Case name: Wentworth v. Henry C. Becker Custom
Building Ltd., No. SJC-10806 (Mass. 05/23/11).
The Massachusetts Supreme Judicial Court held that a suit against a contractor could continue even though it paid the workers' compensation claims of two workers employed by an uninsured subcontractor.
What it means: In Massachusetts, a contractor that pays the workers' compensation claims of injured workers of its subcontractor is not immune from being sued by the workers.
Summary: A general contractor at a residential construction site hired a subcontractor to perform waterproofing work. An explosion at the site resulted in the death of one of the subcontractor's workers and serious injuries to his son, another worker for the subcontractor. The subcontractor did not carry workers' compensation insurance. The contractor's insurer paid lump-sum settlements of the workers' claims. The deceased worker's widow, who was also the mother of the injured worker, sued the contractor. The Massachusetts Supreme Judicial Court said the suit could continue.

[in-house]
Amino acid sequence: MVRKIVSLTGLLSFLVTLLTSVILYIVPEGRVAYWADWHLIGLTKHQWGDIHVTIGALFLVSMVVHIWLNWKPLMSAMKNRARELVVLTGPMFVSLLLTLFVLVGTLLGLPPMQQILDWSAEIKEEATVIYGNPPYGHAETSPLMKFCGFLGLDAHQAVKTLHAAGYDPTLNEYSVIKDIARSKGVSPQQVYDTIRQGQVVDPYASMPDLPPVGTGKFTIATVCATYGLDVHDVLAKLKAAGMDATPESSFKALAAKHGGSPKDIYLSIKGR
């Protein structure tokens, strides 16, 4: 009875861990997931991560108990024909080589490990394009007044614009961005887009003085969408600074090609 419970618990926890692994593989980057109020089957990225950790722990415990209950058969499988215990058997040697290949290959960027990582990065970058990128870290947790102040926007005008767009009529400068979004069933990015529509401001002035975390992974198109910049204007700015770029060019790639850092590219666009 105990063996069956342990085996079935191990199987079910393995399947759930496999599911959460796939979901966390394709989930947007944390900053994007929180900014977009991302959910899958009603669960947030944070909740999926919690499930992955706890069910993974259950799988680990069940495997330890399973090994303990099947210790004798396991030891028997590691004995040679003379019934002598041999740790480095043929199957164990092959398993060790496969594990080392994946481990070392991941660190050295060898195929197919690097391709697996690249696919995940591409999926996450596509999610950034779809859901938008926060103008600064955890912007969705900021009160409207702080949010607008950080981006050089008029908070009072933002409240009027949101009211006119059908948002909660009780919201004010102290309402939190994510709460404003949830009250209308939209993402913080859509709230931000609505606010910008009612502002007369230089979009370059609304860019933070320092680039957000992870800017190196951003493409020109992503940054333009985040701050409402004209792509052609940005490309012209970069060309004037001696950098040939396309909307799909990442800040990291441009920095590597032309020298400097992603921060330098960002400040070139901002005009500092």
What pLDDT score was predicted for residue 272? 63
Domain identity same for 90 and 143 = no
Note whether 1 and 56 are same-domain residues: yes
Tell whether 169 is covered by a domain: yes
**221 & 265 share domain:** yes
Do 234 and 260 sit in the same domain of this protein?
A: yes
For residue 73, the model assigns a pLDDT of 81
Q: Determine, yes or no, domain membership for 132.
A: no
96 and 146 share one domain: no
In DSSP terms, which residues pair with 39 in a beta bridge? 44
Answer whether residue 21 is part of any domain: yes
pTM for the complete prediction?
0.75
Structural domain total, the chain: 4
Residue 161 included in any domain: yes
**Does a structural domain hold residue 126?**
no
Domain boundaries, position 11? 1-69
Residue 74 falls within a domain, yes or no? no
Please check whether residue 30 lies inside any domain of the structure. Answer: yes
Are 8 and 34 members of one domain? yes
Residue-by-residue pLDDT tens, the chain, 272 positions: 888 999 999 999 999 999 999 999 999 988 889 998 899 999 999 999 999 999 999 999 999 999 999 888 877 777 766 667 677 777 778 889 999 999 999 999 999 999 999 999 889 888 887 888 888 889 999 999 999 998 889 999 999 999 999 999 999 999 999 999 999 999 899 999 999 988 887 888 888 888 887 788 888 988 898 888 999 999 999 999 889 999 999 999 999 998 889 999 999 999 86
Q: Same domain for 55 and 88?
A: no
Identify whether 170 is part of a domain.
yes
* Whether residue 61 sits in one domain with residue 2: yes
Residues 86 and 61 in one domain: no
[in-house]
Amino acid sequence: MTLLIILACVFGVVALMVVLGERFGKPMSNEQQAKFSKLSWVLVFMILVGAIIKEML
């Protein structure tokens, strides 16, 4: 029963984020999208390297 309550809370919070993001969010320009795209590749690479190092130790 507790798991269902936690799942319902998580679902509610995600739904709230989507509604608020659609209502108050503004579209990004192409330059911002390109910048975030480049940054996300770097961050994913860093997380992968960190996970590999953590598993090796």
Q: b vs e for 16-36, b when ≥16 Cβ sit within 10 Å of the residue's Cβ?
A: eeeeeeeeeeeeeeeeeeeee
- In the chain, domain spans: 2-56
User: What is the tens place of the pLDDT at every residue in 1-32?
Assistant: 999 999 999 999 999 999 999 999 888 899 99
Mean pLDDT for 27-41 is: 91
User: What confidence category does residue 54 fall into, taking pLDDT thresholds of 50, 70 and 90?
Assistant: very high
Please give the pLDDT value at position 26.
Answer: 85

The contractor argued that by accepting the lump-sum settlements on behalf of the workers, the widow was barred from suing. The widow contended that the contractor was not an "insured" and the workers were not its employees, so the contractor was not immune from the suit. The court agreed with the widow. Immunity applied to the "insured," which is an employer providing workers' compensation insurance to its workers. It was undisputed that the workers were not employees of the contractor. The court concluded that a contractor paying workers' compensation benefits to its uninsured subcontractor's workers was not immune from suit.
Also, the court said the fact that the contractor was required by law to provide workers' compensation to the workers did not bar the suit. The court said the legislature did not intend to give the benefit of immunity to a contractor that willfully or negligently hired an uninsured subcontractor because the benefit was not available to contractors who obeyed the law and hired insured subcontractors. The court said its conclusion also implemented the legislature's intention to protect workers by allowing recovery from third parties, including general contractors who are not the worker's direct employer.
Read more at the WorkersComp Forum homepage.
July 11, 2011
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